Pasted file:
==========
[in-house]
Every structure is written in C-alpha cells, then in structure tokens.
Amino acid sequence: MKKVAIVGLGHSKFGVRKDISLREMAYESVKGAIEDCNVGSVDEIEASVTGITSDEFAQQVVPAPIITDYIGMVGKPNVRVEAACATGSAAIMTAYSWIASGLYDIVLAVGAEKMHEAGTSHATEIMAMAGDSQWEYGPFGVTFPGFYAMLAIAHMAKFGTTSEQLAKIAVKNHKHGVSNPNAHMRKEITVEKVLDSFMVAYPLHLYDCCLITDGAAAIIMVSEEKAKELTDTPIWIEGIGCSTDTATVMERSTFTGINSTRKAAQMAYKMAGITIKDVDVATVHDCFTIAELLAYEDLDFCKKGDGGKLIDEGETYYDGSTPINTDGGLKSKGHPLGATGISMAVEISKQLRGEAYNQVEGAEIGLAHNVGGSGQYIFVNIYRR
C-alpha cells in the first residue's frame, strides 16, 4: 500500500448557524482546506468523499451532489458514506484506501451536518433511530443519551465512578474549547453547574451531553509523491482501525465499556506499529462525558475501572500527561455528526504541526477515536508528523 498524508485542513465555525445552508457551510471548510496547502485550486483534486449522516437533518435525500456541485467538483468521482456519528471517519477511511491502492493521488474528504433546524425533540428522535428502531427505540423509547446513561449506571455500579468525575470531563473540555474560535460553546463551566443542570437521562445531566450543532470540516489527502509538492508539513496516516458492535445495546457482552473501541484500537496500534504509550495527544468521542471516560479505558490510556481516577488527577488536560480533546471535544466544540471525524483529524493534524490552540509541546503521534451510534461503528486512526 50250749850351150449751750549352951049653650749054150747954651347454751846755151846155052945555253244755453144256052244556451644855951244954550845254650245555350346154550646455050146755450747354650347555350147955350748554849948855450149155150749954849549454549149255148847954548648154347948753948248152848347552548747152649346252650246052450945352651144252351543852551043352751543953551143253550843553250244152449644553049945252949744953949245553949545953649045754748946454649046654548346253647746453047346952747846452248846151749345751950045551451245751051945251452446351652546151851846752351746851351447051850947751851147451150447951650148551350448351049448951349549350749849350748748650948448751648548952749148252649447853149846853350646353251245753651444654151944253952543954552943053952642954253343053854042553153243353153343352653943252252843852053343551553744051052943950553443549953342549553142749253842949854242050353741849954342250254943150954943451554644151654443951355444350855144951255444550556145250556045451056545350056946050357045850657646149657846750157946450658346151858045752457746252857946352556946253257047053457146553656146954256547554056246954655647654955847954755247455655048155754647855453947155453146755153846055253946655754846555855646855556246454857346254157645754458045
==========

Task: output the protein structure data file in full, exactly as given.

[in-house]
Every structure is written in C-alpha cells, then in structure tokens.
Amino acid sequence: MKKVAIVGLGHSKFGVRKDISLREMAYESVKGAIEDCNVGSVDEIEASVTGITSDEFAQQVVPAPIITDYIGMVGKPNVRVEAACATGSAAIMTAYSWIASGLYDIVLAVGAEKMHEAGTSHATEIMAMAGDSQWEYGPFGVTFPGFYAMLAIAHMAKFGTTSEQLAKIAVKNHKHGVSNPNAHMRKEITVEKVLDSFMVAYPLHLYDCCLITDGAAAIIMVSEEKAKELTDTPIWIEGIGCSTDTATVMERSTFTGINSTRKAAQMAYKMAGITIKDVDVATVHDCFTIAELLAYEDLDFCKKGDGGKLIDEGETYYDGSTPINTDGGLKSKGHPLGATGISMAVEISKQLRGEAYNQVEGAEIGLAHNVGGSGQYIFVNIYRR
C-alpha cells in the first residue's frame, strides 16, 4: 500500500448557524482546506468523499451532489458514506484506501451536518433511530443519551465512578474549547453547574451531553509523491482501525465499556506499529462525558475501572500527561455528526504541526477515536508528523 498524508485542513465555525445552508457551510471548510496547502485550486483534486449522516437533518435525500456541485467538483468521482456519528471517519477511511491502492493521488474528504433546524425533540428522535428502531427505540423509547446513561449506571455500579468525575470531563473540555474560535460553546463551566443542570437521562445531566450543532470540516489527502509538492508539513496516516458492535445495546457482552473501541484500537496500534504509550495527544468521542471516560479505558490510556481516577488527577488536560480533546471535544466544540471525524483529524493534524490552540509541546503521534451510534461503528486512526 50250749850351150449751750549352951049653650749054150747954651347454751846755151846155052945555253244755453144256052244556451644855951244954550845254650245555350346154550646455050146755450747354650347555350147955350748554849948855450149155150749954849549454549149255148847954548648154347948753948248152848347552548747152649346252650246052450945352651144252351543852551043352751543953551143253550843553250244152449644553049945252949744953949245553949545953649045754748946454649046654548346253647746453047346952747846452248846151749345751950045551451245751051945251452446351652546151851846752351746851351447051850947751851147451150447951650148551350448351049448951349549350749849350748748650948448751648548952749148252649447853149846853350646353251245753651444654151944253952543954552943053952642954253343053854042553153243353153343352653943252252843852053343551553744051052943950553443549953342549553142749253842949854242050353741849954342250254943150954943451554644151654443951355444350855144951255444550556145250556045451056545350056946050357045850657646149657846750157946450658346151858045752457746252857946352556946253257047053457146553656146954256547554056246954655647654955847954755247455655048155754647855453947155453146755153846055253946655754846555855646855556246454857346254157645754458045